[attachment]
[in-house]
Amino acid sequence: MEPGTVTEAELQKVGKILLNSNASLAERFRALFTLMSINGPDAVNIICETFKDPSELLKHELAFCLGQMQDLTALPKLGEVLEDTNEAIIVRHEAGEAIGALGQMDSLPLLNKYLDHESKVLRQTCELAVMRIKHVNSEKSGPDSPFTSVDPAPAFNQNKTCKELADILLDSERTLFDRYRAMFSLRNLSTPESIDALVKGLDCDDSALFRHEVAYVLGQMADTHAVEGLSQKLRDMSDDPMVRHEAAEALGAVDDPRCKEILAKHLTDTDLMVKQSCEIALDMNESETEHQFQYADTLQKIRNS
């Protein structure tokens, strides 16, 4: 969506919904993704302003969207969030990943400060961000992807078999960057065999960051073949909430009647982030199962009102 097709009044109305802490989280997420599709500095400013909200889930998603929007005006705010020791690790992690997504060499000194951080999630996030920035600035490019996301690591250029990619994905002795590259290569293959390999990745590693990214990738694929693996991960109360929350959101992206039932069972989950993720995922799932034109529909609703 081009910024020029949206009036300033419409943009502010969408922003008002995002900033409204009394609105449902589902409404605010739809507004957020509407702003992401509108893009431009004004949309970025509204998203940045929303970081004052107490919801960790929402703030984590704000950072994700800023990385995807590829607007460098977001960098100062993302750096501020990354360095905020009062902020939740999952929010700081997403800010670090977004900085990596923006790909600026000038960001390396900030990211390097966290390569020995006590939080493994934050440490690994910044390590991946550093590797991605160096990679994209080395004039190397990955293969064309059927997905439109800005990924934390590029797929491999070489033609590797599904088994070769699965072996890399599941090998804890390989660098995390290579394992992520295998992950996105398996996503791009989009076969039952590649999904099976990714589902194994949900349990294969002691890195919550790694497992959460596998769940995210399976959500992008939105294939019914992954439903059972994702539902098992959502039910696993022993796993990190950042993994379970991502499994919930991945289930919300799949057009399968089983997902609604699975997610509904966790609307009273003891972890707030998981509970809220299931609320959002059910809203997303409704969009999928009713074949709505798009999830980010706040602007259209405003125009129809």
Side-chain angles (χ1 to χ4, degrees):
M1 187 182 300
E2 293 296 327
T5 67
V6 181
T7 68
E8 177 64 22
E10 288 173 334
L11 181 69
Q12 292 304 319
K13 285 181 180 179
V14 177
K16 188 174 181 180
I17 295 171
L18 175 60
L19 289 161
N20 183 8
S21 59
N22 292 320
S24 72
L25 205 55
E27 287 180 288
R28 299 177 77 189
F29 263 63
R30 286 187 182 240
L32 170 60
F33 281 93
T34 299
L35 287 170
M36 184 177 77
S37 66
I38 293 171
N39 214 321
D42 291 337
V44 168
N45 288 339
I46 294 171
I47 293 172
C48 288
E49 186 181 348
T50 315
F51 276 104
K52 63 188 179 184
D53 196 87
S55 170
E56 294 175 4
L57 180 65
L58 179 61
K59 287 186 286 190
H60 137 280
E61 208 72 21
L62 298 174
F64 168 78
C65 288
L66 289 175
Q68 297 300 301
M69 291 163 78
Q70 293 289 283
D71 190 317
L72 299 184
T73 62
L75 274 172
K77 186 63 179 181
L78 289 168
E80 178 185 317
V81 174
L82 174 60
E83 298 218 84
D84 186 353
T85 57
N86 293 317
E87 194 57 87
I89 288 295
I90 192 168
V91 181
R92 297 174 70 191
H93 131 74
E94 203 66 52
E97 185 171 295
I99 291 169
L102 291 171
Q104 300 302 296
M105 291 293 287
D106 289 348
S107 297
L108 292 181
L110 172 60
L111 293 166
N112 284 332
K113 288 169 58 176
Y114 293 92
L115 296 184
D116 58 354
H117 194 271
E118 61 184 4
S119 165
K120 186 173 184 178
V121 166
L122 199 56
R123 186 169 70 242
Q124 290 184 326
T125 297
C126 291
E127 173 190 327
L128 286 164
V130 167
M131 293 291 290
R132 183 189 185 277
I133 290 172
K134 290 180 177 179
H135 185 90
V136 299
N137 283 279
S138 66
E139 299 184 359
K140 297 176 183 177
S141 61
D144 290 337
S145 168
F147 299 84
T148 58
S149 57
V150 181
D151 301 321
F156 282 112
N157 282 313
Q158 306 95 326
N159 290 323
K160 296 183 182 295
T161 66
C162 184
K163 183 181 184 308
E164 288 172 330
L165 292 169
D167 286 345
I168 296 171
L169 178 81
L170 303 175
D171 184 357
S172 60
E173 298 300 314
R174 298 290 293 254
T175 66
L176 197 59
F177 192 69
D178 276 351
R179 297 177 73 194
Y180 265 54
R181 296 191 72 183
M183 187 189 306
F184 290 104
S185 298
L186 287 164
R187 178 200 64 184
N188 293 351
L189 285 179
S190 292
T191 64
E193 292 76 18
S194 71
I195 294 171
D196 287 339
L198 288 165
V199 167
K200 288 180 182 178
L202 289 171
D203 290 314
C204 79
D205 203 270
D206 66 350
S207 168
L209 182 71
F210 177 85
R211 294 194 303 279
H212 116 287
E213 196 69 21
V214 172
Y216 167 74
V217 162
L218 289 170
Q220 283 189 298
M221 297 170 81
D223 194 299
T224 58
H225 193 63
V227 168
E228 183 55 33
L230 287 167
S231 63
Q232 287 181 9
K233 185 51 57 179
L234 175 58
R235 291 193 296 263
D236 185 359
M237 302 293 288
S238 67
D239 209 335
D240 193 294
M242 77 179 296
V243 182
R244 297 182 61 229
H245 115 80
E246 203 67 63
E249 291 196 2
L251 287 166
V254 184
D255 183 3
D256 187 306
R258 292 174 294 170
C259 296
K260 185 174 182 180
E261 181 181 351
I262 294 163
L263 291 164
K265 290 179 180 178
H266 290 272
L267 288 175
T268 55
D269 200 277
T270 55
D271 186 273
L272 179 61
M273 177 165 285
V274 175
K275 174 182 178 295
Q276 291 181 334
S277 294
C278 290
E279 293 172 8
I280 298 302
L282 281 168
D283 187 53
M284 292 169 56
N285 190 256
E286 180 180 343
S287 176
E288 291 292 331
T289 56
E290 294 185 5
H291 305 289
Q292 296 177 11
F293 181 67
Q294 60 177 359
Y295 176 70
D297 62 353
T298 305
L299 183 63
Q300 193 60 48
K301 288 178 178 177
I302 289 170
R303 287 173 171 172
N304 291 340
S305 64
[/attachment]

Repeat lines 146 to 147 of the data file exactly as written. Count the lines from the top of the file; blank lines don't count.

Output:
T175 66
L176 197 59